The federal Emergency Planning and Community Right-to-Know Act — a 27 year old program that aims to alert the public to the presence of hazardous chemicals — is flawed in many states due to lax reporting and oversight, according to a Reuters investigation.
Under the law, public and private facilities must issue an inventory of any potentially hazardous chemicals they have on site. The inventory, known as a Tier II report, is then filed with state, county and local emergency officials and is supposed to be made publicly available so that emergency services and local residents can make appropriate emergency plans.
But according to Reuters, facilities across the country often misidentify these chemicals or their location, and sometimes fail to report the existence of the chemical altogether.
Federal and local authorities audit the reports in only a handful of states, Reuters says.
The news agency says it found dozens of errors in Tier II reports filed in recent years and found many instances of facilities that failed to report. The states of Illinois and Wisconsin introduced errors into their respective publicly available databases, it says.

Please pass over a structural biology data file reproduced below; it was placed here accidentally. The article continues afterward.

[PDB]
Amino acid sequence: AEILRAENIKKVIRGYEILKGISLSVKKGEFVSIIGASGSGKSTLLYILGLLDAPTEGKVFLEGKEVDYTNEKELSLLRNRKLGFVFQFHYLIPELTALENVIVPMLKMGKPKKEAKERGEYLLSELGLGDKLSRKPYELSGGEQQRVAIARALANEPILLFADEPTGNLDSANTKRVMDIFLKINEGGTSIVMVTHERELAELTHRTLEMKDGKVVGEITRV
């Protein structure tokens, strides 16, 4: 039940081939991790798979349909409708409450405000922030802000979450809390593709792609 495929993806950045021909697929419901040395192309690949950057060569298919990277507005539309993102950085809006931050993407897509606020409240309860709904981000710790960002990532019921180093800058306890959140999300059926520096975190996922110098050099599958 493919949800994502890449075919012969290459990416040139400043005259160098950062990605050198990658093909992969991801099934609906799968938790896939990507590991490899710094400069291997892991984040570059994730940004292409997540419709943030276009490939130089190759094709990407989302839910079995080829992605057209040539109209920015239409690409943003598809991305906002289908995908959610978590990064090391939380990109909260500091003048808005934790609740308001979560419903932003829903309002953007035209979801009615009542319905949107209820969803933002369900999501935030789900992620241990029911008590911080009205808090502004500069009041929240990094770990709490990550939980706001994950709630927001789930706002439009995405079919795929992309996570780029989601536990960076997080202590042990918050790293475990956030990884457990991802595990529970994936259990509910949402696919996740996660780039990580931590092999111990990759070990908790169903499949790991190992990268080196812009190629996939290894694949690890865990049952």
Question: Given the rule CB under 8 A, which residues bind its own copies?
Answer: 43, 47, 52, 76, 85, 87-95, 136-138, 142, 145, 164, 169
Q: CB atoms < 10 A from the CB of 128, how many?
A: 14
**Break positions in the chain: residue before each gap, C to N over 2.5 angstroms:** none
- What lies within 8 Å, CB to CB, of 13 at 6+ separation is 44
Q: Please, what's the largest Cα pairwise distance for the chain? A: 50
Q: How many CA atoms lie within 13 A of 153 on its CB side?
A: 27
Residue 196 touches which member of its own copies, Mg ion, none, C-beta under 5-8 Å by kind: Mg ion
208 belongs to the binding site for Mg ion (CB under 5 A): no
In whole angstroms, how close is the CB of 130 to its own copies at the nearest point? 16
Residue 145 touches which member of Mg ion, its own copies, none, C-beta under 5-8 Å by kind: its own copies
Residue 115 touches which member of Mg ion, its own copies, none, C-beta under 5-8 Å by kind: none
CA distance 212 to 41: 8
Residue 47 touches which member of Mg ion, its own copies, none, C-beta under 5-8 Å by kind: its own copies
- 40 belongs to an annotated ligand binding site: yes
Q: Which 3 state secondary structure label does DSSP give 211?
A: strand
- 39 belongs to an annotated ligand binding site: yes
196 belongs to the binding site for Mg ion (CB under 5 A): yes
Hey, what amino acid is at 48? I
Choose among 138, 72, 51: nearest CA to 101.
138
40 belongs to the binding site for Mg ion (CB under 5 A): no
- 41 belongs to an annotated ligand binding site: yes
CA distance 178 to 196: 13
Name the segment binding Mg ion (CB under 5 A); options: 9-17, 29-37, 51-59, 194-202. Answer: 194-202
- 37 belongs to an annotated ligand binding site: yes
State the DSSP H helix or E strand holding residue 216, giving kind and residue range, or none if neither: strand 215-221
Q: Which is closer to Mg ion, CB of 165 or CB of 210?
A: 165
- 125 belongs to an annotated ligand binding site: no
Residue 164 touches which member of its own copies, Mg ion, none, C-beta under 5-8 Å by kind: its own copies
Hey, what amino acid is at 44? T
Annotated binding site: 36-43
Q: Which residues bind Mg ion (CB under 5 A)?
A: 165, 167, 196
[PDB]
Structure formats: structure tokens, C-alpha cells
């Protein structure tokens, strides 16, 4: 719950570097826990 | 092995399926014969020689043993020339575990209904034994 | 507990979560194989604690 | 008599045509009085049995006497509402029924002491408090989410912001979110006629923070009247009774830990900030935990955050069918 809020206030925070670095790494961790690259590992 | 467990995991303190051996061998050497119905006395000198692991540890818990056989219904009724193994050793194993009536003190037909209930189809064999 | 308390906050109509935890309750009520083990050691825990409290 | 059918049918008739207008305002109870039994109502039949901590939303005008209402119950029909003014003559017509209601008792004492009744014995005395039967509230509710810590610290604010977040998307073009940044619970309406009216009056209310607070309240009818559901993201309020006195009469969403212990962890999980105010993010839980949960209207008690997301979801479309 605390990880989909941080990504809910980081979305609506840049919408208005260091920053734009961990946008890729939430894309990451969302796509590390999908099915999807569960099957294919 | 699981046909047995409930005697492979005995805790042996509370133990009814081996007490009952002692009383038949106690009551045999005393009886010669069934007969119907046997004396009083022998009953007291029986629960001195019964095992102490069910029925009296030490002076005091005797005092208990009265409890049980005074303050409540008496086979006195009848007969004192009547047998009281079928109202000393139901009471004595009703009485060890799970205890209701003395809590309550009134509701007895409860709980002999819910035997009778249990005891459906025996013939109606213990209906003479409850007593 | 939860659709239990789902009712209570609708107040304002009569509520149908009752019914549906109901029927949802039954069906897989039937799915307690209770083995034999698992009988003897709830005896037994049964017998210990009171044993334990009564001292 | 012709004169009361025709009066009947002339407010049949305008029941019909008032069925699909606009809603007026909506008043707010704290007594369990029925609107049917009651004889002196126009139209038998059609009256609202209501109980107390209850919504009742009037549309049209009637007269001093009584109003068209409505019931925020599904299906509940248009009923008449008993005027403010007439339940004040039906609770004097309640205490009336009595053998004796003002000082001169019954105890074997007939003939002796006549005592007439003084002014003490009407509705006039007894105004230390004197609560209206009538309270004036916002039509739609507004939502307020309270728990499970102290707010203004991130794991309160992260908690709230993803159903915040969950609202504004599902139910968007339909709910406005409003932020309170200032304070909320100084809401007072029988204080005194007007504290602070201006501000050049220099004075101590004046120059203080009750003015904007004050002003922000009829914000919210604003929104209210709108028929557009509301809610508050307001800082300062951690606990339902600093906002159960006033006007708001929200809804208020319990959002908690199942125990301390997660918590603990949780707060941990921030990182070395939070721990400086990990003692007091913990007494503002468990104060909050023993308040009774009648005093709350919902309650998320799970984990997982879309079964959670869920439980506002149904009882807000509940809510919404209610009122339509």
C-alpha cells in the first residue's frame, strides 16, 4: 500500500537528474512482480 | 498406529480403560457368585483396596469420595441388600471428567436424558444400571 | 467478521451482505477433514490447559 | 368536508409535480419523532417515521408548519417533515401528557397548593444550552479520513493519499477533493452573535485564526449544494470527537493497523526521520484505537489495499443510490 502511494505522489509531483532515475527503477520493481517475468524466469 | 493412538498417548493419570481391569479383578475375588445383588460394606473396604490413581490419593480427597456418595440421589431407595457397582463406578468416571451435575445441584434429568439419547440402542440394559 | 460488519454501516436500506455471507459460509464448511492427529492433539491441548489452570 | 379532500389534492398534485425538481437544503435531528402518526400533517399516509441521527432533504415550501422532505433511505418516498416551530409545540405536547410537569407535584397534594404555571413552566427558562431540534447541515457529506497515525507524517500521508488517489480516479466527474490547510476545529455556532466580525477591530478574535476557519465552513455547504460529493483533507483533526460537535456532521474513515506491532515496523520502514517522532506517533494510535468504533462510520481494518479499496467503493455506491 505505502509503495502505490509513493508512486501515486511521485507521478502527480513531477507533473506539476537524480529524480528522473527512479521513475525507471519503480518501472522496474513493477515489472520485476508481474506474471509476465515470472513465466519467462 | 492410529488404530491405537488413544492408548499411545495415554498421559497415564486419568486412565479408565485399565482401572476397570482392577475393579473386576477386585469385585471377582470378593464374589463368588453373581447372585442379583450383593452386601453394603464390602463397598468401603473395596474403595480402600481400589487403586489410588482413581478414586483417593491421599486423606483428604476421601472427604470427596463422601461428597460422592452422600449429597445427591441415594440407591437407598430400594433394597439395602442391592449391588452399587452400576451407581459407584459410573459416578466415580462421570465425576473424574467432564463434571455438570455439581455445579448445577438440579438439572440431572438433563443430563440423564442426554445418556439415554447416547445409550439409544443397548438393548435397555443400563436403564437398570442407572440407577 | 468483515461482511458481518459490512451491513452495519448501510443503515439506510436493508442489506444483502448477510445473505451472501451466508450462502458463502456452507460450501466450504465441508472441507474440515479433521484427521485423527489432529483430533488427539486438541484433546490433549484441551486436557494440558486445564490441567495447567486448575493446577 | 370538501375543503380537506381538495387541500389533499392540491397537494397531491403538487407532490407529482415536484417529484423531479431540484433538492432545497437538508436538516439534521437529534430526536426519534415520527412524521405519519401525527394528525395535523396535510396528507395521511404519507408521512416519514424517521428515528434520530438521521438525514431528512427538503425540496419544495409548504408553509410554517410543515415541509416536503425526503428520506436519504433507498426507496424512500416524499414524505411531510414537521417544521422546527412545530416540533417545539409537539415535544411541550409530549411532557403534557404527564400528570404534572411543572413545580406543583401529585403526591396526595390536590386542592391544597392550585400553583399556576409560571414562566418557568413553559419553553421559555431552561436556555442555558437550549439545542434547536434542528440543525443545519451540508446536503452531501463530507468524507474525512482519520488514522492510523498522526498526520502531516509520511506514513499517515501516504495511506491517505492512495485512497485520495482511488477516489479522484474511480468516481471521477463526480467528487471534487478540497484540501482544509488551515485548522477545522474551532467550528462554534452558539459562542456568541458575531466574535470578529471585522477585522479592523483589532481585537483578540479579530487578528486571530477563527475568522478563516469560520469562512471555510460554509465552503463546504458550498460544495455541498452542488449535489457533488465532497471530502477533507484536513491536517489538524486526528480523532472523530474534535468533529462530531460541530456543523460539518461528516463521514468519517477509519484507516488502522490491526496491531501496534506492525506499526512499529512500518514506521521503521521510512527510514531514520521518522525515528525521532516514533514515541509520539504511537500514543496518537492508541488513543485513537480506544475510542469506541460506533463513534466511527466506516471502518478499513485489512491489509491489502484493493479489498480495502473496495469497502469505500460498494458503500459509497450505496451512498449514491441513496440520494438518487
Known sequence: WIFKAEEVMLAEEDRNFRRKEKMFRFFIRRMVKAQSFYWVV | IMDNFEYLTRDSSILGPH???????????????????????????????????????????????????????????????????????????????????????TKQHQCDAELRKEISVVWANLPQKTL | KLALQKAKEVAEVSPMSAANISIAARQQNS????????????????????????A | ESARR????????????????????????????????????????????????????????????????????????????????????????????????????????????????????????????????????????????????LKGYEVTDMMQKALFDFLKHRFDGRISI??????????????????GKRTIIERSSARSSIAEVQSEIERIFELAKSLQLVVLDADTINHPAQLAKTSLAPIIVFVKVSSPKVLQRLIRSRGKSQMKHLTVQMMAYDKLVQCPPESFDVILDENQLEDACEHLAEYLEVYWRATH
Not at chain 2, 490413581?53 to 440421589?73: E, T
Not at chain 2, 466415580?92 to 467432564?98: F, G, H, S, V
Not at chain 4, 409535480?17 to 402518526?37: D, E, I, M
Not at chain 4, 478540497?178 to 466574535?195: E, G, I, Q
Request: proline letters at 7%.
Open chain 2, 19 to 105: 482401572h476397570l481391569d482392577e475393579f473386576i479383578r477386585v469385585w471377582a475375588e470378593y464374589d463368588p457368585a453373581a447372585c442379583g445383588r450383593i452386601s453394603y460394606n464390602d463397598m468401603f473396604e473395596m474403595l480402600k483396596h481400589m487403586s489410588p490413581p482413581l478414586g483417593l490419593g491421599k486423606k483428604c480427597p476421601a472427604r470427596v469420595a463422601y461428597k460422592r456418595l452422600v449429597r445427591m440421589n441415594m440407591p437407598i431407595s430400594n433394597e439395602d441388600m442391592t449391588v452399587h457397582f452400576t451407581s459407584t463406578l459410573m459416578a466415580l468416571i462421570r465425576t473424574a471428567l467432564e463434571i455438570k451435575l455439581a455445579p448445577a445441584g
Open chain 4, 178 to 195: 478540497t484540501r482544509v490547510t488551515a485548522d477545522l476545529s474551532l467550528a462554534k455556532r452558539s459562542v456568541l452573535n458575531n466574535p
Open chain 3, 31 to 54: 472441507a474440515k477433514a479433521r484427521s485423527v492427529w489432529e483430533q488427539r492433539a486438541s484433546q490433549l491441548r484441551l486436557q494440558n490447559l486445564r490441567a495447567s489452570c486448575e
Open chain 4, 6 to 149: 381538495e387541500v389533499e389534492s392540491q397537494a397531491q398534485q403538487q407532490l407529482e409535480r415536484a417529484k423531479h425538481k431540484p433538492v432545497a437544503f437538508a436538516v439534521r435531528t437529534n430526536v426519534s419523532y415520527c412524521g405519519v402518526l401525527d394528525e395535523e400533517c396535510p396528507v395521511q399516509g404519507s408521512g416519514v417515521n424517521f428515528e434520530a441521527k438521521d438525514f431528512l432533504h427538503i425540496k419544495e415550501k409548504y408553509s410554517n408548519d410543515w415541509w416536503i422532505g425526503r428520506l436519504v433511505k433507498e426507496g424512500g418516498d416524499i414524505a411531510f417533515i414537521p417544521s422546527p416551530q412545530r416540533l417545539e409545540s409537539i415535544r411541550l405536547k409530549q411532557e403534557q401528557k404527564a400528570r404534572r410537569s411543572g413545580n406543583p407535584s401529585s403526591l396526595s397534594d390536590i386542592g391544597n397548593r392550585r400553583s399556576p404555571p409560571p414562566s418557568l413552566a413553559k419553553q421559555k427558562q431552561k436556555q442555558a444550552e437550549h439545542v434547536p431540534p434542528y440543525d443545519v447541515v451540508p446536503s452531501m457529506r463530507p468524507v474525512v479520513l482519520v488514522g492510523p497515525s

In 2006, workwear manufacturer Carhartt failed to report the existence of chlorine at its Morehead, Ky., facility. Two firefighters were exposed to the chemical with one suffering chemical burns after shutting a leaking valve at the plant while not wearing appropriate safety gear. Carhartt said that the plant was shuttered at the time of the incident.
This year a water treatment facility in Valley City, ND, failed to submit its Tier II report. After Reuters notified state officials, the facility operator filed a report noting the presence of a host of toxic and/or explosive materials including sulfuric acid, hydrochloric acid and ammonium hydroxide.
In April, a fire and explosion at West Fertilizer killed at least 14 and injuring 200 in the small central Texas town. Early reports suggested that the fertilizer plant — which housed some 270 tons of ammonium nitrate — may have violated a host of environmental and safety regulations before the deadly blast.
Despite storing a potentially explosive fertilizer, the facility, located close to a nursing home, school and residential buildings, had filed no contingency plan with the EPA for a major explosion or fire at the site, Reuters reported.
Image Credit: Horia Varlan